It’s no crime to not enjoy software audits, who would? They’re stressful, unpleasant experiences that can result in crippling audit penalties and the feeling of being powerless when it comes to your own software. Humans naturally want to avoid things that cause us distress, so is there any way to avoid software audits? The short answer is no, there is no guaranteed way to completely eliminate the chance that you’ll be audited but there are ways you can decrease the frequency and likelihood of your company being audited. At MetrixData 360, we have noticed a pattern in the behavior of the auditors, and we’d like to share our findings in what can lower your chances of getting audited.
Why Do Software Audits Happen?
The first step in understanding how to decrease your chances of incurring a software audit is understanding why software audits happen.
(Un)Luck of the Draw
There is a sense of randomness to software audits, as some software vendors send out audit notices either regularly to their customers or through picking unfortunate names out of a hypothetical hat. So, there’s little you can do to stop it from simply being your turn. However, many companies think this is the only reason for software audits and so hang their heads and accept their fate, but there are other things that can cause a software audit as well.
I wish I could tell you it’s more complicated than that, but in the world of business the heart and soul are plated in gold. Software publishers will often use software audits as a source of revenue, and if the software audit plays out the way they want it to (with you being out of compliance and writing a check to them with many, many zeroes on it), then they won’t even have to cover the expenses for the software audit process, that will instead be handed to you. However, if their goals are purely fiscal, then that means they’ll target companies that are guaranteed to reap massive rewards. Companies that the software publishers have strong reason to assume are out of compliance enough to yield a large return on investment might as well coat themselves in barbeque sauce, because all the software publishers will see is a meal.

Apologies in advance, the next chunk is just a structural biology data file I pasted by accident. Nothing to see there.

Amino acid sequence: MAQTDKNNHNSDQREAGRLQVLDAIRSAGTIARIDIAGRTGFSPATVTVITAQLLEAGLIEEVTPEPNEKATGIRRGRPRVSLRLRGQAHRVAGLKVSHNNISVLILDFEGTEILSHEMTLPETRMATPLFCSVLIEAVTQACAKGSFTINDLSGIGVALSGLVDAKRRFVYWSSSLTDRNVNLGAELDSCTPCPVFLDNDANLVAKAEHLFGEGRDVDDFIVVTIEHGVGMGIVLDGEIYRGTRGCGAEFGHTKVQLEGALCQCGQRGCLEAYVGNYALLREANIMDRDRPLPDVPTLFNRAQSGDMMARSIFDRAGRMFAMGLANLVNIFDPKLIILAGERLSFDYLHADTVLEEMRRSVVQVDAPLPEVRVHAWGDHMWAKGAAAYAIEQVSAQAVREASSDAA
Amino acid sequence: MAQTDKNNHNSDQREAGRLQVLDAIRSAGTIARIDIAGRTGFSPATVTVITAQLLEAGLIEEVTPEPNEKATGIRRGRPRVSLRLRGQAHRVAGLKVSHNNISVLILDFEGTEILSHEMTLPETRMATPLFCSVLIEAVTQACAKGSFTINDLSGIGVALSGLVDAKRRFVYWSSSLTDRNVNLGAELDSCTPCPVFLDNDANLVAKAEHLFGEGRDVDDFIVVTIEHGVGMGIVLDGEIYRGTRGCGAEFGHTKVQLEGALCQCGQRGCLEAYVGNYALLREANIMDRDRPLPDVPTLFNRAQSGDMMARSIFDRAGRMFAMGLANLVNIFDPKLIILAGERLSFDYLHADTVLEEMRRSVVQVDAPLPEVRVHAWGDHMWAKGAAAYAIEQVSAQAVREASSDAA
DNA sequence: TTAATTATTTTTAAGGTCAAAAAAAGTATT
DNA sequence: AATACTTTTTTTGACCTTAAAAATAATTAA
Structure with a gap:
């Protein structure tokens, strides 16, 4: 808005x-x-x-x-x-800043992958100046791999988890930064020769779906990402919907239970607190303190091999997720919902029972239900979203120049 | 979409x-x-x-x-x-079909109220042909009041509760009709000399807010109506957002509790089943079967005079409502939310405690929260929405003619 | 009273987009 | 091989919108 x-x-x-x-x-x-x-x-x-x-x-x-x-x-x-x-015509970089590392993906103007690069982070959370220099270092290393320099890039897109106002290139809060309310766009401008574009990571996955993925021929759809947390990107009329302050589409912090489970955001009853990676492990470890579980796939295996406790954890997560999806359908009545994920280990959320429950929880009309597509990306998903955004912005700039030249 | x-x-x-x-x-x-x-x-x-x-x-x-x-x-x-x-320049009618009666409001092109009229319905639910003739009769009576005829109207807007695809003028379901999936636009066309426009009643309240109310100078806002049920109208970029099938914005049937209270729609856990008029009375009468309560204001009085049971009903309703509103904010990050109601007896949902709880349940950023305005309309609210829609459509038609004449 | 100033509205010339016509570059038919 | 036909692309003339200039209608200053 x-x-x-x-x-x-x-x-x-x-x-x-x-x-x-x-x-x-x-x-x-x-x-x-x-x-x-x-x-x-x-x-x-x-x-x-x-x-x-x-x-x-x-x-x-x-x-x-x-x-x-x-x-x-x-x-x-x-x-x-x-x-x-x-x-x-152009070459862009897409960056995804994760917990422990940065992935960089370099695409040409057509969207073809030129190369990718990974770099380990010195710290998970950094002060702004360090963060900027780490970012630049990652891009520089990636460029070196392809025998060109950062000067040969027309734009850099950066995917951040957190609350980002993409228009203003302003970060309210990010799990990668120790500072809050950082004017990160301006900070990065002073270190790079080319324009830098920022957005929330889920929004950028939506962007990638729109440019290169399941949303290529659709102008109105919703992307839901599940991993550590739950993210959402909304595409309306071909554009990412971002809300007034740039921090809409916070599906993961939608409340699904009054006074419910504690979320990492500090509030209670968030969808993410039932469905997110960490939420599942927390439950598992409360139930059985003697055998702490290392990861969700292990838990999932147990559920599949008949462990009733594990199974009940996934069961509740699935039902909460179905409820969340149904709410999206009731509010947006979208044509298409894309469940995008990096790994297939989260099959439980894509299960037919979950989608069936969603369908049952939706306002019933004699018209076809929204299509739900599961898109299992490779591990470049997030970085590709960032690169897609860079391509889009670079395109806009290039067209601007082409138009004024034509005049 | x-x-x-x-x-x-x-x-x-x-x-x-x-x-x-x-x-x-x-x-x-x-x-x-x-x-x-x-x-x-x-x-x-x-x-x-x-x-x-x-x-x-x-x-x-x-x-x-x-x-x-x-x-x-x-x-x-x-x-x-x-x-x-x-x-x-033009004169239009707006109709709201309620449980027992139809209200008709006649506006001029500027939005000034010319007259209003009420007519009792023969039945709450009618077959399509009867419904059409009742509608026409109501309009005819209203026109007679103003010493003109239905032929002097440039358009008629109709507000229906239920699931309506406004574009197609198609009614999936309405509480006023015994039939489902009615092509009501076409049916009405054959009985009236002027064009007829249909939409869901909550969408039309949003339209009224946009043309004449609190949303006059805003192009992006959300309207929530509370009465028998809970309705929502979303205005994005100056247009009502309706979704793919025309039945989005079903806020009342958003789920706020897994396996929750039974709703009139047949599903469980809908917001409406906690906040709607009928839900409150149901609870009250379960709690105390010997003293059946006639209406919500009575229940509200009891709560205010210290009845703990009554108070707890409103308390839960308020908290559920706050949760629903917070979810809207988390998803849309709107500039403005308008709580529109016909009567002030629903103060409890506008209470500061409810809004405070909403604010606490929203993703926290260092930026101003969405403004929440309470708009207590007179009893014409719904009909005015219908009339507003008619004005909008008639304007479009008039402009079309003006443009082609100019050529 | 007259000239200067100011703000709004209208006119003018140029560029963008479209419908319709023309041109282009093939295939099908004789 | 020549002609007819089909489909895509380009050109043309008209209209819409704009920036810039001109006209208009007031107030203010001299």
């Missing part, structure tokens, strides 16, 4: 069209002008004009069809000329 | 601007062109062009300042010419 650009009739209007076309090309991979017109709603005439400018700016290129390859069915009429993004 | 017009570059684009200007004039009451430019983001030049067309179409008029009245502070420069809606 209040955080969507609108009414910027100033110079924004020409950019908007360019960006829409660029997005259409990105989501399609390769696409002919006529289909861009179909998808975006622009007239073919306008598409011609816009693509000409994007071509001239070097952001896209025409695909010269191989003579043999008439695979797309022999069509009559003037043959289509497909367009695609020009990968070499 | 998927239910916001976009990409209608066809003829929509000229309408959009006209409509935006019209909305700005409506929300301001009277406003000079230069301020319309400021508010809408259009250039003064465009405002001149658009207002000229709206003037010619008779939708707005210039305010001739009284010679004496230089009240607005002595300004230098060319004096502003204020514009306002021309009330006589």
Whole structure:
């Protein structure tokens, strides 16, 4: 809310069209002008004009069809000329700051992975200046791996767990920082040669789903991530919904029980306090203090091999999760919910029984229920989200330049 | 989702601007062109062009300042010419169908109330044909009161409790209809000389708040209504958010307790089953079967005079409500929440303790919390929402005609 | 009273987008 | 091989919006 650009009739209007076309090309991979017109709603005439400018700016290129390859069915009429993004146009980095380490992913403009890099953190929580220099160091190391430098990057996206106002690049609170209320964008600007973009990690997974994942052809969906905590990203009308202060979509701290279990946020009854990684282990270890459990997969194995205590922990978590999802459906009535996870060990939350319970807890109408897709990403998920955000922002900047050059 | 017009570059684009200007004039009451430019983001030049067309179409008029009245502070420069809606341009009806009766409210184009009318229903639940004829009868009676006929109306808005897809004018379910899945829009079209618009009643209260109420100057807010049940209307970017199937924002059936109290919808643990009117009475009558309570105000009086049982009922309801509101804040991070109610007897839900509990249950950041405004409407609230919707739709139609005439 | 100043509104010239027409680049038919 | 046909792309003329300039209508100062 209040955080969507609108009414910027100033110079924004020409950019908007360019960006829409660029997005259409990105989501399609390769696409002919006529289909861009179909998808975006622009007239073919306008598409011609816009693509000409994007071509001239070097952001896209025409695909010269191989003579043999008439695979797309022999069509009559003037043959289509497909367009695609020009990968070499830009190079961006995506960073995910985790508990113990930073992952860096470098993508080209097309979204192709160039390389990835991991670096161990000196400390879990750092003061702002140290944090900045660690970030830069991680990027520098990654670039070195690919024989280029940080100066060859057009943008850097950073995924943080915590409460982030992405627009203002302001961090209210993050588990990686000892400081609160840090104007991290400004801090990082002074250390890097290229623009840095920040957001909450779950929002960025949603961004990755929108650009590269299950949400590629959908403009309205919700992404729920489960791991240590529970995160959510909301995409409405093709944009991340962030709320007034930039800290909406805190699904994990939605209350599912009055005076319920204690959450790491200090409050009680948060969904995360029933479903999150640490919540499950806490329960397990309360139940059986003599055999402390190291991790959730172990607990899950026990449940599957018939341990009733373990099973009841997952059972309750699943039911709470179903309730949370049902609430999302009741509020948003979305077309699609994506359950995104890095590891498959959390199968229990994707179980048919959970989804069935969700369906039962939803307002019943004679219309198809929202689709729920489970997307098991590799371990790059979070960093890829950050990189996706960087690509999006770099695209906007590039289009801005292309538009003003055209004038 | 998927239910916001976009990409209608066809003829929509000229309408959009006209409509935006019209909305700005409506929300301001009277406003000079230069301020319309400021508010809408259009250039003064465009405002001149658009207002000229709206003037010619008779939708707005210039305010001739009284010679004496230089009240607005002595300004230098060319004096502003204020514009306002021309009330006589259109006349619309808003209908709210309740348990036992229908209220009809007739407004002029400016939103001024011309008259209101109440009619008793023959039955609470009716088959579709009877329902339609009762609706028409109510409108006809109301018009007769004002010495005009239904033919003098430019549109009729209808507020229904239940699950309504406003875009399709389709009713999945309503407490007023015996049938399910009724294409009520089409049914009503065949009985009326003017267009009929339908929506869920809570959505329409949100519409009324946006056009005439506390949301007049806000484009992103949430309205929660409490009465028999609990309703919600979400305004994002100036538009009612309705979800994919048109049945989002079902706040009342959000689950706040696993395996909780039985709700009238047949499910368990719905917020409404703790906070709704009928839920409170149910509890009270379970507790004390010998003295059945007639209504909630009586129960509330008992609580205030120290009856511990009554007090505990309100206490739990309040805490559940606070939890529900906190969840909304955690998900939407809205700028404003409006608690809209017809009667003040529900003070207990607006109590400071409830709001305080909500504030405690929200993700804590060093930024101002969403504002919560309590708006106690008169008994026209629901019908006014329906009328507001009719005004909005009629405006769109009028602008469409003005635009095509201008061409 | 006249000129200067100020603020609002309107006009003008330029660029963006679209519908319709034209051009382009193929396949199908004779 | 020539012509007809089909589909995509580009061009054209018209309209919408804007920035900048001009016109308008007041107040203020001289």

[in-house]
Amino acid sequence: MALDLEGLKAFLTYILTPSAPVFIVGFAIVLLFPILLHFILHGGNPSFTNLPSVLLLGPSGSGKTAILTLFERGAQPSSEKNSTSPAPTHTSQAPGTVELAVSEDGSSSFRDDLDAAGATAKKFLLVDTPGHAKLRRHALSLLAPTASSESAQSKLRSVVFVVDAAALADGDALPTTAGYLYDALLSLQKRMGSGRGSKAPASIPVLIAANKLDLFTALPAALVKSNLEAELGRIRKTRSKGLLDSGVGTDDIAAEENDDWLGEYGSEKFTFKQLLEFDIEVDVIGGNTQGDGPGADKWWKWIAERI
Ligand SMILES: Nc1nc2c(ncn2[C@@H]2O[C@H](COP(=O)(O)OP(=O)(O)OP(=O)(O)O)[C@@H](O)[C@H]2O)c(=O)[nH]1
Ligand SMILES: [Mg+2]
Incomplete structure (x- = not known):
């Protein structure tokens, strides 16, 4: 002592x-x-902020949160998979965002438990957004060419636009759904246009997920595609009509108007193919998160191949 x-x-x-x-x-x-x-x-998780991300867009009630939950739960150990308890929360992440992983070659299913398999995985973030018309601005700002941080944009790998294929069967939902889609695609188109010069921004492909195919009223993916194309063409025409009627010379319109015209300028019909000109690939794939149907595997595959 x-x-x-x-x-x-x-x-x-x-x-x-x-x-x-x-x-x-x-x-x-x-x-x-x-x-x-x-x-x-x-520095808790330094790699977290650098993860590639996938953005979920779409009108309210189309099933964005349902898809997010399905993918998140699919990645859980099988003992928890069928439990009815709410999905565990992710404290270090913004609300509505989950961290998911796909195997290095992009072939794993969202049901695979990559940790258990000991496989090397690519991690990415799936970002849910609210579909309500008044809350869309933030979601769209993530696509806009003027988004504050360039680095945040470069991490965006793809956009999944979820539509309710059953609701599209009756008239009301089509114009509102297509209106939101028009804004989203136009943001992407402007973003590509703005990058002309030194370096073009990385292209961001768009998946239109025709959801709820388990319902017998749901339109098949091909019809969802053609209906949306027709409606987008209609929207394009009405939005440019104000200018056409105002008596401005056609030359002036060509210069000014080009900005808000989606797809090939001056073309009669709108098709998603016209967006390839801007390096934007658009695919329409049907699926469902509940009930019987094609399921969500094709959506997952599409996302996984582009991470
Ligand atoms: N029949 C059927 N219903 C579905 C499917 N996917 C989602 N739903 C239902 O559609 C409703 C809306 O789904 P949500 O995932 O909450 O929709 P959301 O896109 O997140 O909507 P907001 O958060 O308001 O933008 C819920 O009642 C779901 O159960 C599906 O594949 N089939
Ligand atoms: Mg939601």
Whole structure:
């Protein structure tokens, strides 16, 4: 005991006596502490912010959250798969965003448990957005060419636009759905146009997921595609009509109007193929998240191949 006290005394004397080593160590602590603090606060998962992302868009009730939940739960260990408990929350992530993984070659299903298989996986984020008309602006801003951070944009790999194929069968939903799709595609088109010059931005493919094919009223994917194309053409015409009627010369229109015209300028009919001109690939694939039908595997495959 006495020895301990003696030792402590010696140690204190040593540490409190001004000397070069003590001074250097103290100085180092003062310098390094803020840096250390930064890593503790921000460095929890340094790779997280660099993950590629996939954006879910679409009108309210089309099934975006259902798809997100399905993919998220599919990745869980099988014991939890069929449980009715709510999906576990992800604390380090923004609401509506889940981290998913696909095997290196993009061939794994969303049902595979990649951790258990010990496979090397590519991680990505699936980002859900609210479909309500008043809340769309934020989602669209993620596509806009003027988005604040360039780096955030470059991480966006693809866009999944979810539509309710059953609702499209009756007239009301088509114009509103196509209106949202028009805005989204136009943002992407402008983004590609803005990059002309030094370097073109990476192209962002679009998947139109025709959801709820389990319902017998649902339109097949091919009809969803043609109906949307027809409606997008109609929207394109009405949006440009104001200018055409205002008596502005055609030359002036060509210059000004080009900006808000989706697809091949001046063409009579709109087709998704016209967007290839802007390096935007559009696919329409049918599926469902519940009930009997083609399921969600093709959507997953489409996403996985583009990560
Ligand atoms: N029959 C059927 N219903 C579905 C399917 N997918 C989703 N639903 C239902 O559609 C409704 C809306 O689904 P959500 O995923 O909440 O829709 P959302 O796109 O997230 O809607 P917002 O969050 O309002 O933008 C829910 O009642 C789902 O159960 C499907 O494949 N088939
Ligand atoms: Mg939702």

Software Audits are also used to meet sales quotas because at the end of a software audit, you’re forced to purchase all your missing licenses at full price (no historical or contractual discounts will be included, sadly). It also puts you in a pressured position to buy, they’ve got you in a corner, they wait until they see the glint of panicked sweat on your brow and then they deliver to you a sales pitch.
The Payout for Hyper Complex Software Contracts
There are plenty of legitimate reasons why software contracts are as discouragingly complicated as they are: technology is constantly changing and licenses constantly struggle with dealing with that complexity, and many customers request hand-tailored licensing options. However, that doesn’t eliminate the fact that software vendors make no effort to simplify the matter into something their customers can actually understand.
How to Lower Your Risk of Being Audited
Now that we understand why software publishers conduct software audits, we can talk about what you can do to reduce the risk of software audits.